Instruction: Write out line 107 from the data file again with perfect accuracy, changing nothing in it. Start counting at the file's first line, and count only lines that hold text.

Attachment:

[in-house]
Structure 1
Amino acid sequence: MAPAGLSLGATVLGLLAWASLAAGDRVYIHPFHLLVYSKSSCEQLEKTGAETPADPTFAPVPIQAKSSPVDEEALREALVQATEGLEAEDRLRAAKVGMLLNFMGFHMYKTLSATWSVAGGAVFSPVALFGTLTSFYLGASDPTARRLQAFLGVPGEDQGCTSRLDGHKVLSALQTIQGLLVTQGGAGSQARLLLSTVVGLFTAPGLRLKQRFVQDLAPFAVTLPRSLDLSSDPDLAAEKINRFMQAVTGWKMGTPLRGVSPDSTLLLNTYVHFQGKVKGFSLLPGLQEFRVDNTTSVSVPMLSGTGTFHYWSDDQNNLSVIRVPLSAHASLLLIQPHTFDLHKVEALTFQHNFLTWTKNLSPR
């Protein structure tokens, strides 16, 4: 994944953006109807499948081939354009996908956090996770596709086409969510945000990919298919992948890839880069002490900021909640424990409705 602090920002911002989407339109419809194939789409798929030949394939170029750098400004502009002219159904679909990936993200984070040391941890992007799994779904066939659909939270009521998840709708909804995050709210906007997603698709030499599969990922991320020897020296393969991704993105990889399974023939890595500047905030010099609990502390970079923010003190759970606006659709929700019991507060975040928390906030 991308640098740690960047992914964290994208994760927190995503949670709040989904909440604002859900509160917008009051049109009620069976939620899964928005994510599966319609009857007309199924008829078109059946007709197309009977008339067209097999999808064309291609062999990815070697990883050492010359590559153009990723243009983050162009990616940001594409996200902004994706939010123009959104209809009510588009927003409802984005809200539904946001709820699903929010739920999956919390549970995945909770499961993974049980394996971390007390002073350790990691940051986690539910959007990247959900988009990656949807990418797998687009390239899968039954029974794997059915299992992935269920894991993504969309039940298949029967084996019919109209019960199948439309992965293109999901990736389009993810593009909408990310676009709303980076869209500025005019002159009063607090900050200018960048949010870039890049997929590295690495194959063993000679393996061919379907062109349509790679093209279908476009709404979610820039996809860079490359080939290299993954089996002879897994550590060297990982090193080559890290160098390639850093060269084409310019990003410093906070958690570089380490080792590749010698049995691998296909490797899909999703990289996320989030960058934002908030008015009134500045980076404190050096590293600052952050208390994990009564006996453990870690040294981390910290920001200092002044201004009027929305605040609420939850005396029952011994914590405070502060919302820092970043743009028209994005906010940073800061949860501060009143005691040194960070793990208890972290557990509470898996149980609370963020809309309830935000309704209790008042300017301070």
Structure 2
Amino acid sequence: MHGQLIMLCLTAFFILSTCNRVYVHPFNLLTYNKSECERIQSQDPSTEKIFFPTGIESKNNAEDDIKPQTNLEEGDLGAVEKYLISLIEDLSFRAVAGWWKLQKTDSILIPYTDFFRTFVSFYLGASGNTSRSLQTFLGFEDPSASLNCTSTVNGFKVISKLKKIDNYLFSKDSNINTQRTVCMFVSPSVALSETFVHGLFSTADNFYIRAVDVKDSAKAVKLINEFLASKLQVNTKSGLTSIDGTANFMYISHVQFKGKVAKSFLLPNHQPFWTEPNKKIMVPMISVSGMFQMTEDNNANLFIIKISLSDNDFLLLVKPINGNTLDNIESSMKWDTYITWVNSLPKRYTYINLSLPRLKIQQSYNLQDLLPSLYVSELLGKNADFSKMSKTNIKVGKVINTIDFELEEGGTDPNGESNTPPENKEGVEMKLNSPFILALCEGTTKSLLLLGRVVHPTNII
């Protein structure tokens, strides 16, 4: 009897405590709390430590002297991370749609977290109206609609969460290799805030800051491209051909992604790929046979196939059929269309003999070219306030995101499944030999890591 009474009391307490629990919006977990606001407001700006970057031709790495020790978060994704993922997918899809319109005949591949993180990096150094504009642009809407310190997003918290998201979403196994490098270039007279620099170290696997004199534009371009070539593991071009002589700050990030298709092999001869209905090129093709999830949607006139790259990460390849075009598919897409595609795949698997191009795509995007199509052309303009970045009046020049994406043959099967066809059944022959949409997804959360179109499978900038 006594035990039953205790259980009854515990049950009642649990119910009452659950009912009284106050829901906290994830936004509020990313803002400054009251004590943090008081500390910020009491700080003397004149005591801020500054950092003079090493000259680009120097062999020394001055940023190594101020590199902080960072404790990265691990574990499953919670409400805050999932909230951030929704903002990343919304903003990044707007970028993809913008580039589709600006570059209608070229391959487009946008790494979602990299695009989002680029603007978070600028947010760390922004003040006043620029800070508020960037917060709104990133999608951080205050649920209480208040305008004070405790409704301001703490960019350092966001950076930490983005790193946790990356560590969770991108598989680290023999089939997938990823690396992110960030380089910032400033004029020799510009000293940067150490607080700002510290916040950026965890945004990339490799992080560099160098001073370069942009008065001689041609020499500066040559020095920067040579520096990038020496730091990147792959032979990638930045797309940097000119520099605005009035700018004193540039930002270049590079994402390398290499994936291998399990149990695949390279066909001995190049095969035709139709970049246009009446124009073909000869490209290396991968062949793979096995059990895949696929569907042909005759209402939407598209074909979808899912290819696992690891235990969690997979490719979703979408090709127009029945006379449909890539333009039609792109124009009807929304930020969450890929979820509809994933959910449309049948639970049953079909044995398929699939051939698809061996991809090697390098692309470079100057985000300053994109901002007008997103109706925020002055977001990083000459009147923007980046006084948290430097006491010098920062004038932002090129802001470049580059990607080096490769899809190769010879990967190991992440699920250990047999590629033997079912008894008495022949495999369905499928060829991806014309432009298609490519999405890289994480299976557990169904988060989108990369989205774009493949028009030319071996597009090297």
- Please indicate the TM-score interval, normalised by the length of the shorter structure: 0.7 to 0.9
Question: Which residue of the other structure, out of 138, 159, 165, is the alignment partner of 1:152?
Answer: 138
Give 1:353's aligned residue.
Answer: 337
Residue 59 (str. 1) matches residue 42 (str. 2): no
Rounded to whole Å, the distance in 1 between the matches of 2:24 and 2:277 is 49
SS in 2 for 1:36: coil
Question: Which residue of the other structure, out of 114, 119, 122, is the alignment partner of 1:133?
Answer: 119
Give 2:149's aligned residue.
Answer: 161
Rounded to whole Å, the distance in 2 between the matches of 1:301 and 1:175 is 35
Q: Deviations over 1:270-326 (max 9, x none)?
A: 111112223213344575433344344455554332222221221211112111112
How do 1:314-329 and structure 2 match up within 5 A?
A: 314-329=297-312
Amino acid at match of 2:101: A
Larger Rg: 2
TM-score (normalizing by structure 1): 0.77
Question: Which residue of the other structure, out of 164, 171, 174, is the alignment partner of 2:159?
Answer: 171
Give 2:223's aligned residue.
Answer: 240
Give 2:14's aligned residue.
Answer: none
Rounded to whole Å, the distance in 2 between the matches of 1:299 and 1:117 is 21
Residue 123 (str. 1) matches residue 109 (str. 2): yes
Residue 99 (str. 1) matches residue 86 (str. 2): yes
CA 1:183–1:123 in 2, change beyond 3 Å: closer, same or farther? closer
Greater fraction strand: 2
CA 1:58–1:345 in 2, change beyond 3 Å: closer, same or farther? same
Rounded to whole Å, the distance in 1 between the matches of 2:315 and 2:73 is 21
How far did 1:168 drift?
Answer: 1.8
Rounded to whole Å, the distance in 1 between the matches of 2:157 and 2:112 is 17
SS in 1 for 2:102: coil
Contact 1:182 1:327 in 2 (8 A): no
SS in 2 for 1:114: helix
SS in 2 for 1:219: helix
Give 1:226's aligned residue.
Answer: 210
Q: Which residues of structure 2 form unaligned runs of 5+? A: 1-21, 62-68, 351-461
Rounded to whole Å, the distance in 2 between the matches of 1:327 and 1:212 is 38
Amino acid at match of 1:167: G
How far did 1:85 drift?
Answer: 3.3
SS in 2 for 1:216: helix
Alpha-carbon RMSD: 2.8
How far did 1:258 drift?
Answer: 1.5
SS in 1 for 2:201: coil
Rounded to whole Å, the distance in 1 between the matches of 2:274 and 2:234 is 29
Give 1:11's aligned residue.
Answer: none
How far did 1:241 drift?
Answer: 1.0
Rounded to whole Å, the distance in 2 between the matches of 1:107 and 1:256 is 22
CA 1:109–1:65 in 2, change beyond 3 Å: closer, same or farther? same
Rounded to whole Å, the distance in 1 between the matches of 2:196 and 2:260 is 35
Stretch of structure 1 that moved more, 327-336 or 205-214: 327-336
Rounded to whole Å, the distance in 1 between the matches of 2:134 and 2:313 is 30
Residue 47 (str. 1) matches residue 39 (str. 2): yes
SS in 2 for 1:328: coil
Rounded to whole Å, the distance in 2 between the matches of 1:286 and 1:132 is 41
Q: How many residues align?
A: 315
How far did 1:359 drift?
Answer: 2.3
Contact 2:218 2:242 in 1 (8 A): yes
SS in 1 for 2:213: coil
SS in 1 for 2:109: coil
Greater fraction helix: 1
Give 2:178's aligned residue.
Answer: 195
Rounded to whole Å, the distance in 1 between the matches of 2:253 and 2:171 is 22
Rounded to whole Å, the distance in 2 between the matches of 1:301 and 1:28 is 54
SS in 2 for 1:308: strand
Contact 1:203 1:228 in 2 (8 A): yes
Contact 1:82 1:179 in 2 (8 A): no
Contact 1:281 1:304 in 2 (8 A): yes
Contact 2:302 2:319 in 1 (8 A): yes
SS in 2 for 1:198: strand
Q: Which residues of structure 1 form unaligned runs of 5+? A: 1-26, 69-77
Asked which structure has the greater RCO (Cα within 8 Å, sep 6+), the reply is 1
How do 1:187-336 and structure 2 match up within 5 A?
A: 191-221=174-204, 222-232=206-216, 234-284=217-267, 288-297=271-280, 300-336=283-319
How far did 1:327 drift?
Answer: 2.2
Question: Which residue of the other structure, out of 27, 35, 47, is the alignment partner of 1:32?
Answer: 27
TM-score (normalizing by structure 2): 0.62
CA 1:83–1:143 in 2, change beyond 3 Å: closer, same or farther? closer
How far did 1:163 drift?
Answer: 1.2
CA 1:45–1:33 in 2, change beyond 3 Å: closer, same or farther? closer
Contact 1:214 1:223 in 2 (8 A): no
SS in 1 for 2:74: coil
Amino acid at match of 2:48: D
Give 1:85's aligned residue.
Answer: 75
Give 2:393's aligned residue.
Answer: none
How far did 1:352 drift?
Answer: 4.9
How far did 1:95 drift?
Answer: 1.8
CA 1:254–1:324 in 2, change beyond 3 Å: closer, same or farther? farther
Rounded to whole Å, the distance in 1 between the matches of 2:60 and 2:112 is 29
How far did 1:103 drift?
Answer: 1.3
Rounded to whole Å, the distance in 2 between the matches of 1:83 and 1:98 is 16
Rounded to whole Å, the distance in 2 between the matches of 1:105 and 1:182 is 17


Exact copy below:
Give 1:85's aligned residue.